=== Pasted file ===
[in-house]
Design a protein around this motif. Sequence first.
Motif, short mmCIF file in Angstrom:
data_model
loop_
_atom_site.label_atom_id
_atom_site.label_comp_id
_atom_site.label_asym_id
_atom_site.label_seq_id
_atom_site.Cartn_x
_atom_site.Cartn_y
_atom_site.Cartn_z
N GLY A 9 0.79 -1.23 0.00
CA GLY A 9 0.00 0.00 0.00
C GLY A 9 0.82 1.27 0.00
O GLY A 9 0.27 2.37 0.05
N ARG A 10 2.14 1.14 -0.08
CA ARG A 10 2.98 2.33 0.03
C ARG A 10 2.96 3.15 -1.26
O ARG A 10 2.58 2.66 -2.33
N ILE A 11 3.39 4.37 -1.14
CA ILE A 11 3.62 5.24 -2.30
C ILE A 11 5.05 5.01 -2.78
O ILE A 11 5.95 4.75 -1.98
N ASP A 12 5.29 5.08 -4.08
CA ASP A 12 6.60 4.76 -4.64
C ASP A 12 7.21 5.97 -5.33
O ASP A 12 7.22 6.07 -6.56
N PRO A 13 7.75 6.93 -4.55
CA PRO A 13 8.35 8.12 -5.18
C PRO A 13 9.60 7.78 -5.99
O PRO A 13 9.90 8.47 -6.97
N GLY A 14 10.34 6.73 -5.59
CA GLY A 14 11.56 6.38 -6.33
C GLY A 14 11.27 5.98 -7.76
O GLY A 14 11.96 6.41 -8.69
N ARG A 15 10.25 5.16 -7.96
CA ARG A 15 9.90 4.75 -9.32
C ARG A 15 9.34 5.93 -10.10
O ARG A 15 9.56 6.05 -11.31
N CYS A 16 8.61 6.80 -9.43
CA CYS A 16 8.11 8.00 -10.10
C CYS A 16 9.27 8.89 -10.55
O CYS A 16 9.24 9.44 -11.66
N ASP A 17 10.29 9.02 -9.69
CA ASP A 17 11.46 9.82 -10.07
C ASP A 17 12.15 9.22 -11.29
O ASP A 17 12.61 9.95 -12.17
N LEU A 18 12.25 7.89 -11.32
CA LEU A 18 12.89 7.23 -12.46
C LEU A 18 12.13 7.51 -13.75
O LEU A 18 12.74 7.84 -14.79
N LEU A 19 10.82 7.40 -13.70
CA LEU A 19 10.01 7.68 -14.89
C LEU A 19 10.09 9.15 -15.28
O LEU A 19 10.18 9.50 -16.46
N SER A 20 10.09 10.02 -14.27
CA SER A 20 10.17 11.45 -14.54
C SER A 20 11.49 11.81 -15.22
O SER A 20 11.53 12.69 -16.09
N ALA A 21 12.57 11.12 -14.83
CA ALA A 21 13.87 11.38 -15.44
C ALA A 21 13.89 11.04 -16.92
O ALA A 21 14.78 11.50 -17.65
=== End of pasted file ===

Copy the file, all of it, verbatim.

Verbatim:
[in-house]
Design a protein around this motif. Sequence first.
Motif, short mmCIF file in Angstrom:
data_model
loop_
_atom_site.label_atom_id
_atom_site.label_comp_id
_atom_site.label_asym_id
_atom_site.label_seq_id
_atom_site.Cartn_x
_atom_site.Cartn_y
_atom_site.Cartn_z
N GLY A 9 0.79 -1.23 0.00
CA GLY A 9 0.00 0.00 0.00
C GLY A 9 0.82 1.27 0.00
O GLY A 9 0.27 2.37 0.05
N ARG A 10 2.14 1.14 -0.08
CA ARG A 10 2.98 2.33 0.03
C ARG A 10 2.96 3.15 -1.26
O ARG A 10 2.58 2.66 -2.33
N ILE A 11 3.39 4.37 -1.14
CA ILE A 11 3.62 5.24 -2.30
C ILE A 11 5.05 5.01 -2.78
O ILE A 11 5.95 4.75 -1.98
N ASP A 12 5.29 5.08 -4.08
CA ASP A 12 6.60 4.76 -4.64
C ASP A 12 7.21 5.97 -5.33
O ASP A 12 7.22 6.07 -6.56
N PRO A 13 7.75 6.93 -4.55
CA PRO A 13 8.35 8.12 -5.18
C PRO A 13 9.60 7.78 -5.99
O PRO A 13 9.90 8.47 -6.97
N GLY A 14 10.34 6.73 -5.59
CA GLY A 14 11.56 6.38 -6.33
C GLY A 14 11.27 5.98 -7.76
O GLY A 14 11.96 6.41 -8.69
N ARG A 15 10.25 5.16 -7.96
CA ARG A 15 9.90 4.75 -9.32
C ARG A 15 9.34 5.93 -10.10
O ARG A 15 9.56 6.05 -11.31
N CYS A 16 8.61 6.80 -9.43
CA CYS A 16 8.11 8.00 -10.10
C CYS A 16 9.27 8.89 -10.55
O CYS A 16 9.24 9.44 -11.66
N ASP A 17 10.29 9.02 -9.69
CA ASP A 17 11.46 9.82 -10.07
C ASP A 17 12.15 9.22 -11.29
O ASP A 17 12.61 9.95 -12.17
N LEU A 18 12.25 7.89 -11.32
CA LEU A 18 12.89 7.23 -12.46
C LEU A 18 12.13 7.51 -13.75
O LEU A 18 12.74 7.84 -14.79
N LEU A 19 10.82 7.40 -13.70
CA LEU A 19 10.01 7.68 -14.89
C LEU A 19 10.09 9.15 -15.28
O LEU A 19 10.18 9.50 -16.46
N SER A 20 10.09 10.02 -14.27
CA SER A 20 10.17 11.45 -14.54
C SER A 20 11.49 11.81 -15.22
O SER A 20 11.53 12.69 -16.09
N ALA A 21 12.57 11.12 -14.83
CA ALA A 21 13.87 11.38 -15.44
C ALA A 21 13.89 11.04 -16.92
O ALA A 21 14.78 11.50 -17.65